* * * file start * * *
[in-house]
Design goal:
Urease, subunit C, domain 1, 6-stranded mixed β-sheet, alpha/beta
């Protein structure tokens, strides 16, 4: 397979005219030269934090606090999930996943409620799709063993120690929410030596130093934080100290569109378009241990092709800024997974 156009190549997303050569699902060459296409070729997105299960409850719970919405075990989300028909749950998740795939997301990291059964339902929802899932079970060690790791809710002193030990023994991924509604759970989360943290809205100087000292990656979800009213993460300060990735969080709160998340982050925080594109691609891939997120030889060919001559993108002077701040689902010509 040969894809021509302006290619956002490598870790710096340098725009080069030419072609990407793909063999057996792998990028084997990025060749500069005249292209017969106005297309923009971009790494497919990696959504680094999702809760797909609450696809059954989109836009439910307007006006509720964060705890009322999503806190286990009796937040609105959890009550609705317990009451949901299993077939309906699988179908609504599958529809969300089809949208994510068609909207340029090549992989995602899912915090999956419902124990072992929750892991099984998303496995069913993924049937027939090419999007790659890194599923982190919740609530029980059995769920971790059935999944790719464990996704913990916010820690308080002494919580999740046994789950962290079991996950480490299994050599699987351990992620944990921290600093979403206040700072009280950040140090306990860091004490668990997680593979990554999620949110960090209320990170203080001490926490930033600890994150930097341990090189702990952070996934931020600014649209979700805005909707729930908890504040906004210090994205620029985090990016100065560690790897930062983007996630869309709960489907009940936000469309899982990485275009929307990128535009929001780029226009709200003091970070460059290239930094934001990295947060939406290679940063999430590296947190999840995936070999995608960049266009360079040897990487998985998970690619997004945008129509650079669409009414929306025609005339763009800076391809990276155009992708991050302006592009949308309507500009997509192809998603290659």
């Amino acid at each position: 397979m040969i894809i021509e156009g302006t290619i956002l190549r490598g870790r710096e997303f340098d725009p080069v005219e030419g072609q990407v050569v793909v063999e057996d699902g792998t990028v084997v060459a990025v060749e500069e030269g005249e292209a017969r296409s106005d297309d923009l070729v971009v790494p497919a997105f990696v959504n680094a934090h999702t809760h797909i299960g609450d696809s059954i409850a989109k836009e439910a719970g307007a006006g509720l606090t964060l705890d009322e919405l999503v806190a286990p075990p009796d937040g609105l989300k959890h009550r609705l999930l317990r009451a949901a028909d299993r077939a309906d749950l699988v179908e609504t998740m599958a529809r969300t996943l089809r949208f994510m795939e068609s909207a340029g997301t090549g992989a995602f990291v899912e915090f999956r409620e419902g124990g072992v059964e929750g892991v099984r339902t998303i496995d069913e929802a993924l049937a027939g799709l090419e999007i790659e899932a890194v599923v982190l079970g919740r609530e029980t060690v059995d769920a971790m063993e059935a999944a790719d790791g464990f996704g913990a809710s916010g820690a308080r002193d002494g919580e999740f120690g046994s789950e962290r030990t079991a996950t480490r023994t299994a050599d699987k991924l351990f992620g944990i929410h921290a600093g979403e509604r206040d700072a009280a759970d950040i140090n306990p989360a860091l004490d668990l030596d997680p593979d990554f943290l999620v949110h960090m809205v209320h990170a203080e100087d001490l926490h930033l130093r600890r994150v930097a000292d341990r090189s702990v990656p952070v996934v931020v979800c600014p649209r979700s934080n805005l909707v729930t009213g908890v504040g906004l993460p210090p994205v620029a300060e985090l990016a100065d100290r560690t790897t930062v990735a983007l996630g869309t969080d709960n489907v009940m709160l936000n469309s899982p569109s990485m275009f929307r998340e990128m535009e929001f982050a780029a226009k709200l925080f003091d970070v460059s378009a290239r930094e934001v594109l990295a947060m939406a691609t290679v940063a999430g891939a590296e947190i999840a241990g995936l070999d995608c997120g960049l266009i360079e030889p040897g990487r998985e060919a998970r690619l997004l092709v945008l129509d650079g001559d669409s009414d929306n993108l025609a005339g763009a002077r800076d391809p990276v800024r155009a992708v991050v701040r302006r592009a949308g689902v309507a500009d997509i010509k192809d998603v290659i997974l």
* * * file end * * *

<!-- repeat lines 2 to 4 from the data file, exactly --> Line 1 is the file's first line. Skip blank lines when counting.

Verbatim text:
Design goal:
Urease, subunit C, domain 1, 6-stranded mixed β-sheet, alpha/beta
């Protein structure tokens, strides 16, 4: 397979005219030269934090606090999930996943409620799709063993120690929410030596130093934080100290569109378009241990092709800024997974 156009190549997303050569699902060459296409070729997105299960409850719970919405075990989300028909749950998740795939997301990291059964339902929802899932079970060690790791809710002193030990023994991924509604759970989360943290809205100087000292990656979800009213993460300060990735969080709160998340982050925080594109691609891939997120030889060919001559993108002077701040689902010509 040969894809021509302006290619956002490598870790710096340098725009080069030419072609990407793909063999057996792998990028084997990025060749500069005249292209017969106005297309923009971009790494497919990696959504680094999702809760797909609450696809059954989109836009439910307007006006509720964060705890009322999503806190286990009796937040609105959890009550609705317990009451949901299993077939309906699988179908609504599958529809969300089809949208994510068609909207340029090549992989995602899912915090999956419902124990072992929750892991099984998303496995069913993924049937027939090419999007790659890194599923982190919740609530029980059995769920971790059935999944790719464990996704913990916010820690308080002494919580999740046994789950962290079991996950480490299994050599699987351990992620944990921290600093979403206040700072009280950040140090306990860091004490668990997680593979990554999620949110960090209320990170203080001490926490930033600890994150930097341990090189702990952070996934931020600014649209979700805005909707729930908890504040906004210090994205620029985090990016100065560690790897930062983007996630869309709960489907009940936000469309899982990485275009929307990128535009929001780029226009709200003091970070460059290239930094934001990295947060939406290679940063999430590296947190999840995936070999995608960049266009360079040897990487998985998970690619997004945008129509650079669409009414929306025609005339763009800076391809990276155009992708991050302006592009949308309507500009997509192809998603290659």